Yes, we are here!

In times like these our hobbies become lifesavers. At GAS ENGINE MAGAZINE and FARM COLLECTOR, we have been tracking down the most interesting and rare vintage farm machines and collections for more than 80 years combined! That includes researching and sourcing the best books on collectibles available anywhere. Our online store is open and we are here to answer any questions you might have. Our customer service staff is available Monday through Friday from 8a.m.-5p.m. CDT. We can be reached at 1-866-624-9388 or by email. Stay safe!

J.I. Case, a Man of his Word

Entrepreneur J.I. Case stood by his products – and his customers.

| June 2017

  • A groundhog thresher at the Midwest Old Threshers Museum, Mt. Pleasant, Iowa.
    Photo by Sam Moore
  • Jerome Increase Case.
    Photo by Sam Moore
  • A circa-1885 Case return-flue, straw-burning steam engine. Although it was self-propelled and fitted with steering gear, it wasn’t intended to pull heavy loads. The engine was equipped with features allowing it to be pulled and steered by a team of horses.
    Farm Collector archives
  • The iconic Case eagle on a 1917 Case catalog.
    Image courtesy Case
  • The first Case factory in Racine, Wis., from a 1917 Case Machinery catalog.
    Image courtesy Case
  • A circa-1855 woodcut of a Case thresher and 2-horse tread power in action.
    Farm Collector archives

The year 1842 is considered to be the year Case Threshing Machine Co. began, even though J.I. Case didn’t actually manufacture his first thresher until 1844. Thus, 2017 is the 175th anniversary of the firm and a short biography of its founder is in order.

Starting out with groundhogs

Jerome Increase Case was born Dec. 11, 1819, in Oswego County, New York, the youngest of several children of Caleb Case, a farmer, and Deborah Jackson Case, who was said to be kin to President Andrew Jackson. Caleb owned one of the crude groundhog threshers of the day. The groundhog was an improvement over the hand flail used for centuries to beat grain from the heads, but after the spiked cylinder of the groundhog had done the flail’s work, it still was necessary to toss the grain and chaff into the air so the wind could separate the two, a process called winnowing.

During the late 1830s, young Case did custom threshing using his father’s groundhog machine. At that time, New York farmers were cutting back on wheat production, switching to orchards and dairy herds. As Case worked and dreamed of a more efficient thresher, he saw opportunity in the huge wheat fields he’d read of in the upper Mississippi River valley.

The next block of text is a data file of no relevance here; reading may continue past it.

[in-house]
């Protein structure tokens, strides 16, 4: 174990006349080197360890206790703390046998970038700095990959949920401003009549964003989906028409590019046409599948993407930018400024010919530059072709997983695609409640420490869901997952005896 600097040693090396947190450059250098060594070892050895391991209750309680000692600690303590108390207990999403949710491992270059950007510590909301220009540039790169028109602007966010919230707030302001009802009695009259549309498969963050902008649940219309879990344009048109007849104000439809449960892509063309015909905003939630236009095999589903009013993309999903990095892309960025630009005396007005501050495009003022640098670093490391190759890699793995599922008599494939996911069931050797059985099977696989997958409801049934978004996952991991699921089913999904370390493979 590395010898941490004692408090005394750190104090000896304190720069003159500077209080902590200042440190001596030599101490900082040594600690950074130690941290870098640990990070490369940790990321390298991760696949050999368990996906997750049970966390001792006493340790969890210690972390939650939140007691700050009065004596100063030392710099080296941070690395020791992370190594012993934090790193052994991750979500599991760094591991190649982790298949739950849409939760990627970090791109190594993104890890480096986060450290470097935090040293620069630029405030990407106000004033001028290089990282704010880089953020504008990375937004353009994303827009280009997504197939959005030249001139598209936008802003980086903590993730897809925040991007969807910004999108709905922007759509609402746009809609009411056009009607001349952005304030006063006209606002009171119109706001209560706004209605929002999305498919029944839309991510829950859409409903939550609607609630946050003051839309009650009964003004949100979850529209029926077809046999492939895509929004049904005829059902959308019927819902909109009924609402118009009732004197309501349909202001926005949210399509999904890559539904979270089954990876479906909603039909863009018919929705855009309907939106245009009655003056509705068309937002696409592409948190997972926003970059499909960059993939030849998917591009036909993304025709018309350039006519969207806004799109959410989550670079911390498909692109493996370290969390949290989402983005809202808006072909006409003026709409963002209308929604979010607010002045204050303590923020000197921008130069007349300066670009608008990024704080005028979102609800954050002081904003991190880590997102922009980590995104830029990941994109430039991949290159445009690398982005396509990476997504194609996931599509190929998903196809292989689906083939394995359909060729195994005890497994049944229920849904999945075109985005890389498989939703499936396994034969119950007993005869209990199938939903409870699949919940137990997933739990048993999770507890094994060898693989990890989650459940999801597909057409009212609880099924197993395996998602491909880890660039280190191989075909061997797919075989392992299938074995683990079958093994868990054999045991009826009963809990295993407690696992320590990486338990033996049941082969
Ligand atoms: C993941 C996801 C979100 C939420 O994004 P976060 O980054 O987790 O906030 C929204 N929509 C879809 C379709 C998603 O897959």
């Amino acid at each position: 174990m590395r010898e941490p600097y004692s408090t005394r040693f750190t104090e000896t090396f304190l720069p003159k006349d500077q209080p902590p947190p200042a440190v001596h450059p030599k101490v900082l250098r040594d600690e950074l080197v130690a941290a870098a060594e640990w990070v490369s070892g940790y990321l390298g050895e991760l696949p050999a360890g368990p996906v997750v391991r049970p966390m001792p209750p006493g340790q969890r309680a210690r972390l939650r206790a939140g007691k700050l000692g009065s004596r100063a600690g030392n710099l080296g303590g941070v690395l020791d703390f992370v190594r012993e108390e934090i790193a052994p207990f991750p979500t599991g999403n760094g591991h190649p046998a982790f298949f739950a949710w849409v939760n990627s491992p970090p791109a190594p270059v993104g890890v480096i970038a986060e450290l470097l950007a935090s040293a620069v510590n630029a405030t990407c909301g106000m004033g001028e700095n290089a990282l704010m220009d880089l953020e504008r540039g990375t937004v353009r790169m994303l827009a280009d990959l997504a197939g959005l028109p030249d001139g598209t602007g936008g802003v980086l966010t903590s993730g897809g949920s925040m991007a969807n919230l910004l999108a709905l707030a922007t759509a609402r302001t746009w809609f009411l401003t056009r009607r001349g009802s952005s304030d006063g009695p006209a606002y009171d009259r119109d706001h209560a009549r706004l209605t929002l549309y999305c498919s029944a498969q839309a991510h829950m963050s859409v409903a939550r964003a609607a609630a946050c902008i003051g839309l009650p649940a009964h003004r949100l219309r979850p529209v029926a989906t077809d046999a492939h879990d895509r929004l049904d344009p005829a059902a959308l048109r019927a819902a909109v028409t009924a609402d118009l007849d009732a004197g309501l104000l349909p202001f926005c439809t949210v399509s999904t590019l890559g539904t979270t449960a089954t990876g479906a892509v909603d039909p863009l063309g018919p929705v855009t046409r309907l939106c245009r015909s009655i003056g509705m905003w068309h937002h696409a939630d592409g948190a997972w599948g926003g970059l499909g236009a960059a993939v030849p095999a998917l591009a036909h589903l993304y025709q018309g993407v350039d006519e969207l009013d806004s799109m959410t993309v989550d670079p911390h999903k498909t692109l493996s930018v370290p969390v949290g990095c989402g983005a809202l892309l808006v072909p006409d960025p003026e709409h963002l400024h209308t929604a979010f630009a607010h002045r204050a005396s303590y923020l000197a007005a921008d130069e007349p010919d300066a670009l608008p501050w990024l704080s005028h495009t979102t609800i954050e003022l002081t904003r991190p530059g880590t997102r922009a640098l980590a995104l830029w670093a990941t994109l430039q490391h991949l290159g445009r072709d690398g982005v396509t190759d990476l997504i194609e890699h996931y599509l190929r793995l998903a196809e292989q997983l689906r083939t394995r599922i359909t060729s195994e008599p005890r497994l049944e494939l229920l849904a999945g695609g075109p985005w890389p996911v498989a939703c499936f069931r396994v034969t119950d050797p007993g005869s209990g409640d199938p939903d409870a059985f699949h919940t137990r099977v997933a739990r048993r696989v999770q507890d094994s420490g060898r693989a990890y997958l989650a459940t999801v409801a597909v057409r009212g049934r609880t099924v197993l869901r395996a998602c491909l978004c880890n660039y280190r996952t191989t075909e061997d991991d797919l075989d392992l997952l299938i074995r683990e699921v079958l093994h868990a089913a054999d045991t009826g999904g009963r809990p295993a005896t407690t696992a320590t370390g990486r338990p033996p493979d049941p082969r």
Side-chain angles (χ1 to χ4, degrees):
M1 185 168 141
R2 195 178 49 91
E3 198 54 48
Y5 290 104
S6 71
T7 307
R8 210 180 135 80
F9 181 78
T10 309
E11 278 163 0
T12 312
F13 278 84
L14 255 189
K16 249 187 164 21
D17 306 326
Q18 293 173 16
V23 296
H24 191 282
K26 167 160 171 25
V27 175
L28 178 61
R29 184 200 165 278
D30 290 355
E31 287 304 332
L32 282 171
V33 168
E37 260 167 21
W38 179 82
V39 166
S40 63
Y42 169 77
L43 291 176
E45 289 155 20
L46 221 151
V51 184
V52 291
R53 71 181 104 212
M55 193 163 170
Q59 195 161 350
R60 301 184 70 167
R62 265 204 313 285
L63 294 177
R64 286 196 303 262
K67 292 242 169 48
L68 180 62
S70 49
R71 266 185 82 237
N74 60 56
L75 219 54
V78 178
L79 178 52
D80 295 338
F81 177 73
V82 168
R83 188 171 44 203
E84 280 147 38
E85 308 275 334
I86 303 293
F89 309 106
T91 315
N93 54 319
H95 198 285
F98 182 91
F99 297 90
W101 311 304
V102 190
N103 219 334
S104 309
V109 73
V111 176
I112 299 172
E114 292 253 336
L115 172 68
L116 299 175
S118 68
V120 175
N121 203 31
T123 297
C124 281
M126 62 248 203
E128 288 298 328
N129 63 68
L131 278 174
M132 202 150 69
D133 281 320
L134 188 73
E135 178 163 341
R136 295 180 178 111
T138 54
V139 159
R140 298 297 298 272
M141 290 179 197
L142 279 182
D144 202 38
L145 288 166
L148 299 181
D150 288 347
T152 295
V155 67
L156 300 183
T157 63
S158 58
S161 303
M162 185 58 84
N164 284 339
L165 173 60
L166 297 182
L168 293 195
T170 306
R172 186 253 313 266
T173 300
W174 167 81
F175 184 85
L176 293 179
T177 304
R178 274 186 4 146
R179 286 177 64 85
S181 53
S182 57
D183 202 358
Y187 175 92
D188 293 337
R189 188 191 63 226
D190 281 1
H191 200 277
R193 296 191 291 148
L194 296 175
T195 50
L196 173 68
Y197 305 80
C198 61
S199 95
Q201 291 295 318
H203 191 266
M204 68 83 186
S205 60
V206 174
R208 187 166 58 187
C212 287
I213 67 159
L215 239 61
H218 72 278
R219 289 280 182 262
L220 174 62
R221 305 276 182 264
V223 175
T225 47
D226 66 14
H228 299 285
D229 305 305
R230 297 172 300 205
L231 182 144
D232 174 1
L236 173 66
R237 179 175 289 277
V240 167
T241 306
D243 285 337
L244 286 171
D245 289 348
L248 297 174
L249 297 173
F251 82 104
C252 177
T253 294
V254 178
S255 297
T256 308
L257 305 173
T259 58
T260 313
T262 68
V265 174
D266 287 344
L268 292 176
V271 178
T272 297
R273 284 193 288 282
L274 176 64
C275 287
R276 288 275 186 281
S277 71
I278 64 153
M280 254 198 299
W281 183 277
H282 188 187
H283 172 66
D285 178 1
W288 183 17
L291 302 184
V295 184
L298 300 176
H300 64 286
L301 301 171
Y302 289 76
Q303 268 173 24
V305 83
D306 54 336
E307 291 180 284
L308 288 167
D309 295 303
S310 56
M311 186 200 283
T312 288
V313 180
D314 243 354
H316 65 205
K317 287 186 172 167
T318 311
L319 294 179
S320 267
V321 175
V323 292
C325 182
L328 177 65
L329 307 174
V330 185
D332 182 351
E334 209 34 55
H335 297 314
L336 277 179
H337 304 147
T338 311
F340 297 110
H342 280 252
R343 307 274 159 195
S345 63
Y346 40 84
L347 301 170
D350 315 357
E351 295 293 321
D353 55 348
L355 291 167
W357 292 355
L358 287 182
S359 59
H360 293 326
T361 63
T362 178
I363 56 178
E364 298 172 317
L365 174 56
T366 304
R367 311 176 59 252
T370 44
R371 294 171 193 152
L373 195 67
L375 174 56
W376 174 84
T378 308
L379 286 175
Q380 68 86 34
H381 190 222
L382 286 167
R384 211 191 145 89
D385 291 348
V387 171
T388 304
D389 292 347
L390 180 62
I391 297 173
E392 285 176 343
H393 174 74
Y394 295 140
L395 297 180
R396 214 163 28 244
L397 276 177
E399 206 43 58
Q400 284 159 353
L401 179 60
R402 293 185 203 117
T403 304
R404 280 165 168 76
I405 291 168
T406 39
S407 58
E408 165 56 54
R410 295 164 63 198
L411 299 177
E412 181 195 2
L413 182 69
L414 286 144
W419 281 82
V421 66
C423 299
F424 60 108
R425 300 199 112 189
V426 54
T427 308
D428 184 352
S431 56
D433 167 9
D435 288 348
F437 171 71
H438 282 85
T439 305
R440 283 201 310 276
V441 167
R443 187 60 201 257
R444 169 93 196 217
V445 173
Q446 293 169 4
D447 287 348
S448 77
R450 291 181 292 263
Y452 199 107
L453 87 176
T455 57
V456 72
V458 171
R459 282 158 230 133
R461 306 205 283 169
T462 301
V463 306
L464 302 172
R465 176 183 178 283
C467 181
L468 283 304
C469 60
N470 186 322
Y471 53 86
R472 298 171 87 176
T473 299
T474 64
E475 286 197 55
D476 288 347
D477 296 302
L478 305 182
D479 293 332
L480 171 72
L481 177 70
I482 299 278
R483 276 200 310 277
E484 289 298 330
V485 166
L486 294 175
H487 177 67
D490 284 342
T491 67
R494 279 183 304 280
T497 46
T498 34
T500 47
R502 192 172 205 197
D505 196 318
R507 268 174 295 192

In 1842, the 22-year-old Case bought six groundhog threshers on credit and left New York for Racine County in Wisconsin Territory. Settling in Rochester, he sold five of the machines and did custom threshing with the sixth. During the winter of 1842-43, Case built a machine combining a fanning mill with the groundhog to separate the chaff and grain, but it wasn’t a success and couldn’t be used for the 1843 harvest. The following winter, several improved models were built; they were easily sold in 1844. These first Case threshers included a fan-cleaning device and the cleaned grain was delivered separately from the straw and chaff.

Interest in these improved machines convinced Case to become a manufacturer instead of a thresherman, and he moved to nearby Racine, where water to power his factory was readily available. A small shop was rented and quickly outgrown. In 1847, Case built a three-story, 30-by-80-foot factory equipped with a steam engine. Naming his venture Racine Threshing Machine Works, Case made many improvements in his threshers over the next three decades. He developed some of the improvements; others came through acquisition of manufacturing rights and patents.

A man of integrity

During those years, the farm equipment industry was rife with examples of patent infringement, and court cases of the era reflect many resulting lawsuits. The fact that Case isn’t named as a defendant in such suits attests to his character and honesty.


Farm Collector April 16Farm Collector is a monthly magazine focusing on antique tractors and all kinds of antique farm equipment. If it's old and from the farm, we're interested in it!

Save Even More Money with our SQUARE-DEAL Plan!

Pay now with a credit card and take advantage of our SQUARE-DEAL automatic renewal savings plan. You'll get 12 issues of Farm Collector for only $24.95 (USA only).

Or, Bill Me Later and send me one year of Farm Collector for just $29.95.

Facebook Pinterest YouTube


click me